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04.20.2014

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October 29, 2010 5:00 PM

Beauty

Covering the Bettencourt Affair

Covering the Bettencourt scandal is a lot like running a marathon on wildly changing terrain. It takes stamina, and right now there's little visibility on the course...

Covering the Bettencourt scandal is a lot like running a marathon on wildly changing terrain. It takes stamina, and right now there's little visibility on the course A climate of uncertainty increasingly shrouds the saga, as numerous members of the French press corps covering the story claim to have had their computers stolen. Meanwhile, legal dossiers concerning the case are to be moved out of Nanterre, France, to other jurisdictions within the country's court system.


The heart of the Bettencourt affair is relatively straightforward: In December 2007, Francoise Bettencourt Meyers instigated a lawsuit against photographer Francois-Marie Banier. She charges he exploited the weakness of her mother, 88-year-old L'Oreal heiress Liliane Bettencourt, who had given him assets valued at about 1 billion euros, or $1.39 billion at current exchange. Yet countless twists and turns (many of them unforeseen and with a spicy Stieg Larsson-esque edge) have caused the original kernel of the case practically to be eclipsed. Most recently, Mediapart, the online news service at the forefront of breaking news related to the saga, said last week that during the night between Oct. 7 and 8, its office was burgled and two portable computers were robbed. An external hard drive with confidential information was also nicked, as were two CD-Roms containing the infamous recordings of conversations between Bettencourt and her advisers, among others. As a result, Mediapart has lodged a legal complaint.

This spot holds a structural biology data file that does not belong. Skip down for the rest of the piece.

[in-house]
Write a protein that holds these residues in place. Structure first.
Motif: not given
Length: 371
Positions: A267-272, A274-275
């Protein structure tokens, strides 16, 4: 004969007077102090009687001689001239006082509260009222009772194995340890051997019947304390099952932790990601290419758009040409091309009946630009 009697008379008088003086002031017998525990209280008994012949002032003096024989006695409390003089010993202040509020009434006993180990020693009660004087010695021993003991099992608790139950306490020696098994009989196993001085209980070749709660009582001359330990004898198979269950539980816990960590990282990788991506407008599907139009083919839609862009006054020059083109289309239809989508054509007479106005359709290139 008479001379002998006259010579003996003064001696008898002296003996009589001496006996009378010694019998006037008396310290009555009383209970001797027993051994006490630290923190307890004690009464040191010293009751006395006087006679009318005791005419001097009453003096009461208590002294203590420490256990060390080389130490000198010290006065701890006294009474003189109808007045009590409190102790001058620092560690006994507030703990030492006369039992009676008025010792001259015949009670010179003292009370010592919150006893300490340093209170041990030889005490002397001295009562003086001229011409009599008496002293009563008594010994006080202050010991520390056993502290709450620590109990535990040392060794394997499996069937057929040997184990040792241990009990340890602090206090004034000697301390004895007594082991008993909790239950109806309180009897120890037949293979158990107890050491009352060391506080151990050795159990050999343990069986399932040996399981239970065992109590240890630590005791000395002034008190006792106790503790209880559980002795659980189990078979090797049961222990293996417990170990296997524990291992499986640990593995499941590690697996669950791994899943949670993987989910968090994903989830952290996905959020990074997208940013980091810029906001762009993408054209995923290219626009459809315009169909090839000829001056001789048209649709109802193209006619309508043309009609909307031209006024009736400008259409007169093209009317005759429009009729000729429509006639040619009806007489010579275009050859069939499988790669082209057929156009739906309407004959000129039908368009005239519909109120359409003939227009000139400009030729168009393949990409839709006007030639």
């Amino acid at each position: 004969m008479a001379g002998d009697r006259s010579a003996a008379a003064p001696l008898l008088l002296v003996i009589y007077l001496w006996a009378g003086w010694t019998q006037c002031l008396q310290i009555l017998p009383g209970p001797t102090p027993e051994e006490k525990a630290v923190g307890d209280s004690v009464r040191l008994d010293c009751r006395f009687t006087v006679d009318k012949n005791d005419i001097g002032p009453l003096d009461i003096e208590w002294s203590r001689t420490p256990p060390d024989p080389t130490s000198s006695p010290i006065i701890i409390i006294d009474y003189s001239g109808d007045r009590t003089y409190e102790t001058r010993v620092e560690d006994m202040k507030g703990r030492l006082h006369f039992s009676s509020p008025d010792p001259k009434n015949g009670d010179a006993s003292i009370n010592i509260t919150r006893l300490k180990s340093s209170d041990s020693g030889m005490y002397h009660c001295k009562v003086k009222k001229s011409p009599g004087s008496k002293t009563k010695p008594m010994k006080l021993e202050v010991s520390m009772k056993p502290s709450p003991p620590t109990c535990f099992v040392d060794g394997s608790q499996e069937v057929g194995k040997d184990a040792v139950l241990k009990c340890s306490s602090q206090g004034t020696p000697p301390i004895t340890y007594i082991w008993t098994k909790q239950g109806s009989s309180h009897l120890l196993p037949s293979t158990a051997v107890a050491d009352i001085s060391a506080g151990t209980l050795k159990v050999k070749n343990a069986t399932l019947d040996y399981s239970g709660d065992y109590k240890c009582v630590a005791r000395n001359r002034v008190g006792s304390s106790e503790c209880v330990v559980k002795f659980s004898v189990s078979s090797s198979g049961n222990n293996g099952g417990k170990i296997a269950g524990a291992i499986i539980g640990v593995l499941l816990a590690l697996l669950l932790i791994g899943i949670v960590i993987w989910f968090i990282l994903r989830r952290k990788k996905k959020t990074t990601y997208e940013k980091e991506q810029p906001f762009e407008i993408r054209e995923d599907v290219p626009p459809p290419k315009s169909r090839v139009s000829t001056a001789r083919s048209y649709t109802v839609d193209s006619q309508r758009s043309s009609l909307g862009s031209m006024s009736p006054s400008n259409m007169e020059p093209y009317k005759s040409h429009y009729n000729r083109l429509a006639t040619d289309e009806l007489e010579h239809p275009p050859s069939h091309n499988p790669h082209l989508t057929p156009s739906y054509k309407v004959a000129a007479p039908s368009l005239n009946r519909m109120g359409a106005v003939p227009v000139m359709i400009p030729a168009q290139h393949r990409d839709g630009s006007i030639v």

Two weeks later, computers belonging to journalists from Le Monde and Le Point were stolen, too.


It makes me wonder: Should I stash mine in a locked closet nightly?


Then there's the demand made earlier last week by Philippe Ingall-Montanier, the public prosecutor of Versailles, France, that kicked off the procedure to have the dossiers for the Bettencourt affair be ultimately moved out of Nanterre. It's the auspices of two dueling magistrates: government-appointed prosecutor Philippe Courroye and judge Isabelle Prevost-Desprez.


With such goings on -- and more -- the finish line of this marathon is still a good distance away.
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